How Expanding Delivery Options is Key to Restaurants’ Success

Delivery timing, convenience and consistency are certainly areas that need to be kept up, and technology can help achieve these goals presently and in the future.

Goinyk Adobe Stock Restaurant
Goinyk - Adobe Stock

The world has been waiting for this moment for a long time – the ability to get back to “normal” life, and it finally feels like it is starting to happen. With vaccines starting to become available to the wider U.S. population, events, arts and entertainment are slowly coming back, including in-person dining. However, it’s important to keep in mind that the world we once knew will not go back to exactly the way it was – mainly since consumer habits and preferences have changed significantly in the past year.

Food deliveries have become a staple for many throughout the past year, and not just for those hesitant to eat in-person at restaurants. Restaurants have begun to make significant investments in different technologies that help increase the efficiency of deliveries. But, that’s not all. With recent innovations in the food industry, deliveries can be as great an experience as dine-in, and even better to some people who prefer to be in their home environment, due to the pandemic or just convenience.

Here’s why implementing new delivery systems can be an advantage to both restaurants and their customers.

Streamlined operations

Most of the restaurants in the world today work on the FIFO method -- first in, first out. However, some sophisticated artificial intelligence (AI) systems put the FIFO method aside and work through their own recommendations. For example, systems may re-distribute orders based on factors such as the order type, the exact location of the drivers who would be picking up the order and how many items are in the order. By implementing AI systems, restaurants in effect get a new type of “brain,” ensuring that decisions are being made off of the system’s data, preventing human error when relying on decision making by the restaurant's staff. Optimizing order flow based on factors outside of FIFO allow restaurants to cater to customers more quickly and efficiently, reduce labor costs and ultimately provide a better experience to their customers and staff.

Quicker delivery times

It seems that today’s customers are much less patient – let’s face it, timing and convenience is everything. A customer that orders food for themselves or their family and waits longer than expected will likely reconsider ordering from that same restaurant next time. The increasing demand for customers to have access to on demand updates is a factor that restaurants need to consider, and technology can help. Restaurants that boast features that provide the customer with the ability to track the delivery are helping themselves strengthen the relationship by providing transparency. This also helps in the event a delivery is delayed, giving the customer a clear picture of what has happened and a platform to contact the restaurant if they so desire.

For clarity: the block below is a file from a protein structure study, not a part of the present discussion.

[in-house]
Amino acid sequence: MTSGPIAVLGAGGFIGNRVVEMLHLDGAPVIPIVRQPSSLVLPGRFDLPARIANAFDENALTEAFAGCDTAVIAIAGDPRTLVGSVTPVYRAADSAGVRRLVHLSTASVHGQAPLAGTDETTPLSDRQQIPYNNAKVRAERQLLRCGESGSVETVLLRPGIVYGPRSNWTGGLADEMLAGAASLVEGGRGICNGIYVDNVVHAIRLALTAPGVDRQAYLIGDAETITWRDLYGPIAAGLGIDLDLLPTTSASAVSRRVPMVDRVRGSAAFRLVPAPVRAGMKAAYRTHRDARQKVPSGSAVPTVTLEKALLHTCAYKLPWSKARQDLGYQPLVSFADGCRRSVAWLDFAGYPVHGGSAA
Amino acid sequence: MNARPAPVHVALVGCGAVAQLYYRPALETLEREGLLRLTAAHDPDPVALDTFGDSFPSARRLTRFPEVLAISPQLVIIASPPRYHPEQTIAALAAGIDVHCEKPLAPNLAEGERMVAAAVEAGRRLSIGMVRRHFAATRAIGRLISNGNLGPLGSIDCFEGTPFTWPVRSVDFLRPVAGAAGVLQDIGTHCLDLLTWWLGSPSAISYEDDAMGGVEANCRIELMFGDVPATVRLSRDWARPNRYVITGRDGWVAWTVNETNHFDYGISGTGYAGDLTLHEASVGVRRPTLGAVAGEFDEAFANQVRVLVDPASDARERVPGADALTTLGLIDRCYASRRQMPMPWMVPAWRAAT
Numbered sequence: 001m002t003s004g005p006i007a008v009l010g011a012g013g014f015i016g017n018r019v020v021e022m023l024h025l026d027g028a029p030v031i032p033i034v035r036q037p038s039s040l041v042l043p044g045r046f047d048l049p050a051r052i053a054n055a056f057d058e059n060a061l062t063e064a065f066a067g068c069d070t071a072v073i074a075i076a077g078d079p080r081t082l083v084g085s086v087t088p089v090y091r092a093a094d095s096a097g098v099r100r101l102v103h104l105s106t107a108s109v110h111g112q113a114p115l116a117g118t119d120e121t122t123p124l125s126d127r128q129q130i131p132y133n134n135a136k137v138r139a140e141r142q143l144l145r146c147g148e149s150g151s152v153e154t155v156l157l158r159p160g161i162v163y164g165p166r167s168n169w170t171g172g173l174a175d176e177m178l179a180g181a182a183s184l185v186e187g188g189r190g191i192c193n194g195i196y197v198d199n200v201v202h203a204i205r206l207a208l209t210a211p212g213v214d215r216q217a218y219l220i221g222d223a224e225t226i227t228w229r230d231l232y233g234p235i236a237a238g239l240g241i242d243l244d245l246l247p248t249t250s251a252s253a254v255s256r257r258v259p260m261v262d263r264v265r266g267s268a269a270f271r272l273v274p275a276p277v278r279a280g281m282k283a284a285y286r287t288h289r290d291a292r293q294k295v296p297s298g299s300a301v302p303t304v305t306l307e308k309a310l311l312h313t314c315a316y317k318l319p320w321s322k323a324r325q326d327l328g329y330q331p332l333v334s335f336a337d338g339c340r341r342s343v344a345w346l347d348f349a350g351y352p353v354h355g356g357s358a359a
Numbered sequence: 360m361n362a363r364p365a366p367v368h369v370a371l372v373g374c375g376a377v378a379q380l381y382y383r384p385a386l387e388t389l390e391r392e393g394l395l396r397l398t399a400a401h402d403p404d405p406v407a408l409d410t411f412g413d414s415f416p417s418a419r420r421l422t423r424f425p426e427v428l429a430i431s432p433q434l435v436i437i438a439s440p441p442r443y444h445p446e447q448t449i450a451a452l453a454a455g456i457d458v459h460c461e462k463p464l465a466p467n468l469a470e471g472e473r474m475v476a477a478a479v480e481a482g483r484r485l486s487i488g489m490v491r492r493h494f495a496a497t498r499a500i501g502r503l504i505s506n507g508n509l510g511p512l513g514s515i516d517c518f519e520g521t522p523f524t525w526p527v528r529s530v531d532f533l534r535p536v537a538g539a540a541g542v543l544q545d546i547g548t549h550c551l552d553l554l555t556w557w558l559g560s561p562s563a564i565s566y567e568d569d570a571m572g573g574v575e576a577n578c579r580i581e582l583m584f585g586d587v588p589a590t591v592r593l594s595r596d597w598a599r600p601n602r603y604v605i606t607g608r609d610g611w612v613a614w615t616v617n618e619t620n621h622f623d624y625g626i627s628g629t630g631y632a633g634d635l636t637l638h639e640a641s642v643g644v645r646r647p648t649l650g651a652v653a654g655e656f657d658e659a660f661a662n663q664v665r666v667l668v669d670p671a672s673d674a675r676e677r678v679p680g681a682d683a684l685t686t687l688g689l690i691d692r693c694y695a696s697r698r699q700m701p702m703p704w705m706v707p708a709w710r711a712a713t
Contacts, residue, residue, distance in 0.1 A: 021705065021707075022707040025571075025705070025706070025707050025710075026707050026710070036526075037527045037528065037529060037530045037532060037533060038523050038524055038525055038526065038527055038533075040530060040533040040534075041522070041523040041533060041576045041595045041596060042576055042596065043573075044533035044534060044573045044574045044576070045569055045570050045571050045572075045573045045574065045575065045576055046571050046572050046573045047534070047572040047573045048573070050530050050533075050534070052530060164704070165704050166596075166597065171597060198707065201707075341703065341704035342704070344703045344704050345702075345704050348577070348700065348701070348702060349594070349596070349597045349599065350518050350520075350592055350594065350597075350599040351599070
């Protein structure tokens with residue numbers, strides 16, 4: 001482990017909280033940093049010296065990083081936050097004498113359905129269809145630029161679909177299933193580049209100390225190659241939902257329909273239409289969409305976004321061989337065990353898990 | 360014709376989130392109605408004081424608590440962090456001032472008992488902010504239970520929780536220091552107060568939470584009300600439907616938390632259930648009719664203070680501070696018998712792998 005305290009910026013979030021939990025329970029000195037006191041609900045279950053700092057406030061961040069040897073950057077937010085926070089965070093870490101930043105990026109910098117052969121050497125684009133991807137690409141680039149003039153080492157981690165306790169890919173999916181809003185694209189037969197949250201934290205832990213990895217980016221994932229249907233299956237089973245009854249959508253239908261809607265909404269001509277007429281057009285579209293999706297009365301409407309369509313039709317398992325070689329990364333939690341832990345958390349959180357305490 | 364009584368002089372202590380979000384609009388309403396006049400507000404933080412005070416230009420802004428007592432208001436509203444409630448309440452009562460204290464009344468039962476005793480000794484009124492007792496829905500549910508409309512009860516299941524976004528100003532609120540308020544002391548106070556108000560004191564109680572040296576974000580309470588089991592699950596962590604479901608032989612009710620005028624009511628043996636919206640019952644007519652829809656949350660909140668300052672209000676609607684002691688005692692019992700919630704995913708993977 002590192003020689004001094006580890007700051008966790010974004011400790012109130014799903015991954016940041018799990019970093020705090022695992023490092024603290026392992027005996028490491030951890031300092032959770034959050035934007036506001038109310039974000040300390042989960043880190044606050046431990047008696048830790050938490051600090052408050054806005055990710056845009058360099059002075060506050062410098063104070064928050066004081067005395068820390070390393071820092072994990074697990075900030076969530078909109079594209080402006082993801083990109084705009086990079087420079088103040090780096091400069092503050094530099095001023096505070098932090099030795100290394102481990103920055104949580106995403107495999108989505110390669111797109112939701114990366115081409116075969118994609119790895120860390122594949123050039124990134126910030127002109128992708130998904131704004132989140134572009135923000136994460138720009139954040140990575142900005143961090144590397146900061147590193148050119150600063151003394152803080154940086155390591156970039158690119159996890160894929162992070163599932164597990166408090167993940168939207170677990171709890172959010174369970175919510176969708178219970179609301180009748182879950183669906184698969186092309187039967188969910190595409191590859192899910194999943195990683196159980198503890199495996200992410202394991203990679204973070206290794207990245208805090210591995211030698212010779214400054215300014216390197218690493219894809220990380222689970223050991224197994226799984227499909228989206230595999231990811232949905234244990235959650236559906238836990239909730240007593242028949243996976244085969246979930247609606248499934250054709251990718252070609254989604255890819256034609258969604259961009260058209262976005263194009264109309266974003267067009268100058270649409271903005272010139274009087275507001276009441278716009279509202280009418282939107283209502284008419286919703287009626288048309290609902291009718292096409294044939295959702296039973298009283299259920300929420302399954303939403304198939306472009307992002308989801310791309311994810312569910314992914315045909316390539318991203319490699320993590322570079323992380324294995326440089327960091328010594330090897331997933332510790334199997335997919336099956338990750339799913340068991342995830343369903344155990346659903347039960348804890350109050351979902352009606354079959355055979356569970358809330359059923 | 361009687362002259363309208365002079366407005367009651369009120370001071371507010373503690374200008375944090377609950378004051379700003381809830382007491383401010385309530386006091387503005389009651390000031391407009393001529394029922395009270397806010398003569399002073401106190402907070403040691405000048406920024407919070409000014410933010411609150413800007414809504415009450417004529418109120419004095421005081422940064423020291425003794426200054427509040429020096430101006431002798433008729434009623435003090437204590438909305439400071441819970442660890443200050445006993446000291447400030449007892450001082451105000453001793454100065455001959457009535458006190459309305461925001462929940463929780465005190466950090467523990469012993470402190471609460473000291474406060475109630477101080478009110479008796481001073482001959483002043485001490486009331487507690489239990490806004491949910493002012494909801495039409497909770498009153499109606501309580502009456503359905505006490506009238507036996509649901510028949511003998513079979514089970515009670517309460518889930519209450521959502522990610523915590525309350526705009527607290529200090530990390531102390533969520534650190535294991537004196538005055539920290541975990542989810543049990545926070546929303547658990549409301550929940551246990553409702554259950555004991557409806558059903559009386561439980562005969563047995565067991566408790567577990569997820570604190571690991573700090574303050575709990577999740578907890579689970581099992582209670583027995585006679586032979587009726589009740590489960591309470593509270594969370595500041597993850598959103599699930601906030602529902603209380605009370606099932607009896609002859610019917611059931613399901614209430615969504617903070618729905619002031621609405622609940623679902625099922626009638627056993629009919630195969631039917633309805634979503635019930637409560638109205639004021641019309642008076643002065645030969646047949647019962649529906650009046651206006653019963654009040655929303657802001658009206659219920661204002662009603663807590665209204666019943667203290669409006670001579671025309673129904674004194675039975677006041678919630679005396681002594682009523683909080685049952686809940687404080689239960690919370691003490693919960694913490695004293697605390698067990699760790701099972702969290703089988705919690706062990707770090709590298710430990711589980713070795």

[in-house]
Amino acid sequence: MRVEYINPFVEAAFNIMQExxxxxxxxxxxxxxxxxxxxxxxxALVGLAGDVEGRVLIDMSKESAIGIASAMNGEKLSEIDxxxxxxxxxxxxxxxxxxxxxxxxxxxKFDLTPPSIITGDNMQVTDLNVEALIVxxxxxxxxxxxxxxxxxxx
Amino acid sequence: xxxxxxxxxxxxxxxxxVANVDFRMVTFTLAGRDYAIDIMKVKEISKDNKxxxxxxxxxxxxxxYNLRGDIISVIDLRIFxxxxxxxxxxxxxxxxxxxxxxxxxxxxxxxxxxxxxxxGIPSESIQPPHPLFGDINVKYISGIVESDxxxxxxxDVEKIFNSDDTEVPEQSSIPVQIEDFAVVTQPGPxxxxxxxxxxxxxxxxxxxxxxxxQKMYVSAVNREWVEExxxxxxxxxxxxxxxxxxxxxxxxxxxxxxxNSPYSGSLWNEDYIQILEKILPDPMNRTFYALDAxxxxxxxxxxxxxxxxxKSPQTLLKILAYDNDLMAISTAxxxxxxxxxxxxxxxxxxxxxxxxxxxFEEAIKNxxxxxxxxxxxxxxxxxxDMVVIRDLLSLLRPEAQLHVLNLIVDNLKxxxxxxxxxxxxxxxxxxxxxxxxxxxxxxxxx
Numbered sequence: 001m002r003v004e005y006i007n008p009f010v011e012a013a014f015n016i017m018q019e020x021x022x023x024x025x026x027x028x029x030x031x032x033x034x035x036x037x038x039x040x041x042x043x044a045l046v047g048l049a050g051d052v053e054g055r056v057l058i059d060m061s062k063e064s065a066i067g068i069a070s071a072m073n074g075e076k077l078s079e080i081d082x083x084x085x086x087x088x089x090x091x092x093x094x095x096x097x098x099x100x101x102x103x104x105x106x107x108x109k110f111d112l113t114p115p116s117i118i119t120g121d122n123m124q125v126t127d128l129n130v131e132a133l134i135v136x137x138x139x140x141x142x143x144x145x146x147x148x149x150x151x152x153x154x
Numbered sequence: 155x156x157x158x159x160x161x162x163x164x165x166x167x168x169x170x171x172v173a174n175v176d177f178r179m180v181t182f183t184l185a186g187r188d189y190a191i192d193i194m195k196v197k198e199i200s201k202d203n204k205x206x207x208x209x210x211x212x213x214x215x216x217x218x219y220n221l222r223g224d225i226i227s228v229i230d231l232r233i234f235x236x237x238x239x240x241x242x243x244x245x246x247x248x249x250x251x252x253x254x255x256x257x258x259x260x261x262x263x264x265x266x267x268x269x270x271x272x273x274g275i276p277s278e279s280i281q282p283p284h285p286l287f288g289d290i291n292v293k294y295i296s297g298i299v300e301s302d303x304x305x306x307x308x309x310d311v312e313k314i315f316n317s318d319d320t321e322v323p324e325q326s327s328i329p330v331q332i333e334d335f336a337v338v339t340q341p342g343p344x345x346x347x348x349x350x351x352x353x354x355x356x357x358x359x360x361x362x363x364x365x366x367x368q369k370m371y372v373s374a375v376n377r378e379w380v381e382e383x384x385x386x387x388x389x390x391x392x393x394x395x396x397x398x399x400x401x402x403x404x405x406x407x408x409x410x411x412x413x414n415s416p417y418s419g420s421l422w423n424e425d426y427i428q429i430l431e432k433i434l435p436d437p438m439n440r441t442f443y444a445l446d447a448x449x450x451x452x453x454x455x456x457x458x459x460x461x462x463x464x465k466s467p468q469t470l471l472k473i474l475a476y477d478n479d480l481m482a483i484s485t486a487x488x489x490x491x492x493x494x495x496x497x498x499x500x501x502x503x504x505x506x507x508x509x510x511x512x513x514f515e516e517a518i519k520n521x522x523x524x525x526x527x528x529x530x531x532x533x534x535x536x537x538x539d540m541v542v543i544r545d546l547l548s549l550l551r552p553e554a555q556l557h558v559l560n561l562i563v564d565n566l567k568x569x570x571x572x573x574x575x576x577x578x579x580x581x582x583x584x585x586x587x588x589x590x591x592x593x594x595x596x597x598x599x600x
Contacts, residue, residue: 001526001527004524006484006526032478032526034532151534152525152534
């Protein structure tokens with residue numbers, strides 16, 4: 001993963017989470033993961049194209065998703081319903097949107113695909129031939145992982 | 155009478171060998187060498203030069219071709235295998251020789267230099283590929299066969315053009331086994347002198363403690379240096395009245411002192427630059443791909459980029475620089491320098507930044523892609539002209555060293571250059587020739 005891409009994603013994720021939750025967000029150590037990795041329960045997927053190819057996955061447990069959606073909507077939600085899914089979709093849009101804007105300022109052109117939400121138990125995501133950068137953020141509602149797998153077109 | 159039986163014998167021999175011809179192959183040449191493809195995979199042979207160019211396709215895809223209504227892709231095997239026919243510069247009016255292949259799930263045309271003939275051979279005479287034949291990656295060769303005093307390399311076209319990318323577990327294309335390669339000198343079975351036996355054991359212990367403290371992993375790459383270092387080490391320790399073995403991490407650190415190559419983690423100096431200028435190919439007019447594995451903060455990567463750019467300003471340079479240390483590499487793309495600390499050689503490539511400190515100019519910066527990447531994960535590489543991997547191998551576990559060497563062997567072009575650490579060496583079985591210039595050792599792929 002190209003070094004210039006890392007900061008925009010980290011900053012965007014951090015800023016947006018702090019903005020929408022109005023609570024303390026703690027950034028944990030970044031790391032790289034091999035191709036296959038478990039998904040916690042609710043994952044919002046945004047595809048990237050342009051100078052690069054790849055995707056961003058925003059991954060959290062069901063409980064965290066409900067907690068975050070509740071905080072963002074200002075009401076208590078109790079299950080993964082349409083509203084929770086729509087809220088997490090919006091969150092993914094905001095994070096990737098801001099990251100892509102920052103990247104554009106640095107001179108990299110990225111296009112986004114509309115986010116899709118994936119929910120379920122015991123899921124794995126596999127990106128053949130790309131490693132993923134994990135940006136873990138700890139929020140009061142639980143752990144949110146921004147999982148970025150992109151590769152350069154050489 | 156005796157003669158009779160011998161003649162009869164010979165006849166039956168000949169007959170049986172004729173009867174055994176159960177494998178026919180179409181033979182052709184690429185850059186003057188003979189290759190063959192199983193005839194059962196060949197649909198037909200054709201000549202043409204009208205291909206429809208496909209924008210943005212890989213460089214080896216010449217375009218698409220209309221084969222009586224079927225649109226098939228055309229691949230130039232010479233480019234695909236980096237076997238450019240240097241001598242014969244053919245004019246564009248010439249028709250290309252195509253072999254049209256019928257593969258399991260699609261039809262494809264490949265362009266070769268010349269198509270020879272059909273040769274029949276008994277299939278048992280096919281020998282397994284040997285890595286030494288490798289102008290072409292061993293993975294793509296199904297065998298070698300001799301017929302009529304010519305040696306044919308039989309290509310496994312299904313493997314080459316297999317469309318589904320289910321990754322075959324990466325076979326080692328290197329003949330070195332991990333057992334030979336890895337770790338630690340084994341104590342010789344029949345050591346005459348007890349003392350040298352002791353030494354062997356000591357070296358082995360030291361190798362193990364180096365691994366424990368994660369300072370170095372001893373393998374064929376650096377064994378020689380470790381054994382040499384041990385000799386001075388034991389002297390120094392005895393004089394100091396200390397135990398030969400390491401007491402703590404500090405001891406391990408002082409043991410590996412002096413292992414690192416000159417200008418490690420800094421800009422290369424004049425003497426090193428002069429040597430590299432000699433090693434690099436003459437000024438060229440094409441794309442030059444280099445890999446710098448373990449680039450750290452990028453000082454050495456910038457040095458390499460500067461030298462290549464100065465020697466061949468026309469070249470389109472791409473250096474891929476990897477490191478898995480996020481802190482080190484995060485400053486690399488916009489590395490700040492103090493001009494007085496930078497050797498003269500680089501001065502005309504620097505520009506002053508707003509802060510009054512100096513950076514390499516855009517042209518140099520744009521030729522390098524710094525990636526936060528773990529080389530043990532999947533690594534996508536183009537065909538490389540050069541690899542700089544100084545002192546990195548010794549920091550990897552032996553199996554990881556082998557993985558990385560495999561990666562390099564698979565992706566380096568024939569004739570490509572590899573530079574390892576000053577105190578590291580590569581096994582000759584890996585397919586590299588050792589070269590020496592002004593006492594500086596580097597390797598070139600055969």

Expanding delivery options

Innovations in the food industry today are rapidly taking hold. All of these innovations open more opportunities to reach audiences that may not have been relevant to restaurants in the past. One example is contactless food deliveries by drones. With this technology, drones are able to drop off strategically coordinated orders from restaurants to remote landing zones, ranging from parking lots to other distant destinations. The orders are then picked up by delivery drivers or the customers themselves. In looking at a hypothetical real world example, this could allow people from New Jersey to order a dinner from Manhattan without ever even having to step foot in the city.  

There are many companies that can help restaurants grow their business – each one of them with their own advantages. However, it’s imperative that restaurant owners and operators take a holistic view of their operations and think about what is best for the business’ needs. It is, though, absolutely necessary that the customer remains the top priority. Without the customer on board, it won’t matter how much the restaurant has invested – they won’t have customers to roll their new offerings out to.

Now that restaurants are increasing their capacities for dine-in and customers are eager to venture out, those that have leaned on delivery will need to keep up their creativity and guarantee an experience that matches or exceeds what they might get at the physical restaurant. Throughout the pandemic, restaurants worked hard to be creative and flexible, from putting up tents and temporary structures for outdoor dining to reducing contact points and ensuring digital menus and QR codes were available to customers. It’s these types of initiatives that delivery services will have to mimic in their own way to survive. While it’s hard to compare apples to apples, delivery timing, convenience and consistency are certainly areas that need to be kept up, and technology can help achieve these goals presently and in the future.